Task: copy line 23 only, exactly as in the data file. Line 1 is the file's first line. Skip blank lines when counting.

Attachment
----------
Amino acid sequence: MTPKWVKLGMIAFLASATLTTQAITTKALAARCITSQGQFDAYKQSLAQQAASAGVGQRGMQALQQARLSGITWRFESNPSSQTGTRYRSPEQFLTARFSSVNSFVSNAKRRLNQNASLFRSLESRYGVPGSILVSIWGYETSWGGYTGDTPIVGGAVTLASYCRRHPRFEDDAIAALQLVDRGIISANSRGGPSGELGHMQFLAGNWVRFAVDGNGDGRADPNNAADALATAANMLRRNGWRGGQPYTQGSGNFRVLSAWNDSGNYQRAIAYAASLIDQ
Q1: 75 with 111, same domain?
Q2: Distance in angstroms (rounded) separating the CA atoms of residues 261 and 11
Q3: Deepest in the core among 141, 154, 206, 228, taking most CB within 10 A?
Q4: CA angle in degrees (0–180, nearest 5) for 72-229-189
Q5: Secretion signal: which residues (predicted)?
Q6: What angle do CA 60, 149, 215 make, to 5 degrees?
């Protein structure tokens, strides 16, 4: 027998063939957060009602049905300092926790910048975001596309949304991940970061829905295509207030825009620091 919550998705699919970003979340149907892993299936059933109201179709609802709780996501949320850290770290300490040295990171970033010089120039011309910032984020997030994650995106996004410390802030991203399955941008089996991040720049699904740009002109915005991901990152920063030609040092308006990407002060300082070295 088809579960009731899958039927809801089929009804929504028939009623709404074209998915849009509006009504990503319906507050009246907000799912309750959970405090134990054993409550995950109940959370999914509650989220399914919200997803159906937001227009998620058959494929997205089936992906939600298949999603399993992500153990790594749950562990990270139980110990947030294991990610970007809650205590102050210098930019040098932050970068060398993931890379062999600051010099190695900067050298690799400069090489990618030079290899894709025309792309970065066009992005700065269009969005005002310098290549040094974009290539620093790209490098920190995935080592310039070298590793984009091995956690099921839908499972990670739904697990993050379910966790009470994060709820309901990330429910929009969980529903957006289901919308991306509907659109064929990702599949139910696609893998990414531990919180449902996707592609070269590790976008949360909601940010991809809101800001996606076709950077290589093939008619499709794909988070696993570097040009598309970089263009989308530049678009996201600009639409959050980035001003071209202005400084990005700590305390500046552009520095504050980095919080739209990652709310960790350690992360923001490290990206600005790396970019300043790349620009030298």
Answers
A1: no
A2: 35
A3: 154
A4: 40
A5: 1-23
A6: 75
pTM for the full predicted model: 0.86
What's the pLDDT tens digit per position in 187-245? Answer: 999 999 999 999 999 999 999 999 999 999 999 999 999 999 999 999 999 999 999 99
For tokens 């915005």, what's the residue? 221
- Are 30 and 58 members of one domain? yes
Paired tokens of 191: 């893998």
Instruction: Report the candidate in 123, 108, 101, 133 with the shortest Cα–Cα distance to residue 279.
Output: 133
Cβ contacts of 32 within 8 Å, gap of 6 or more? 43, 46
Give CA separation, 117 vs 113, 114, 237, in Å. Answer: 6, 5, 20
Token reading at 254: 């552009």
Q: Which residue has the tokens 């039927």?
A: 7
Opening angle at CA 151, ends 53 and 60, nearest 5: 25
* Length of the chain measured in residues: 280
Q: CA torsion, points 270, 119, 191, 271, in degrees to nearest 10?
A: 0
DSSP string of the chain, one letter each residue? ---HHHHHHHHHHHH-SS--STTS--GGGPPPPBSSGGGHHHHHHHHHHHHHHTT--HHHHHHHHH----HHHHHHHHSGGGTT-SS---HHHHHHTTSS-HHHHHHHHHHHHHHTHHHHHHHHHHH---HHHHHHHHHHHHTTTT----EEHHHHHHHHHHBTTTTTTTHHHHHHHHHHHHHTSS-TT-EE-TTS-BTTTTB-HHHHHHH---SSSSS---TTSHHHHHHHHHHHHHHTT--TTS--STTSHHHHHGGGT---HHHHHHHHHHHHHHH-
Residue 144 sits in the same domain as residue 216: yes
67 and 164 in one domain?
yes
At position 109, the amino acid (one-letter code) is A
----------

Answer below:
Cβ contacts of 32 within 8 Å, gap of 6 or more? 43, 46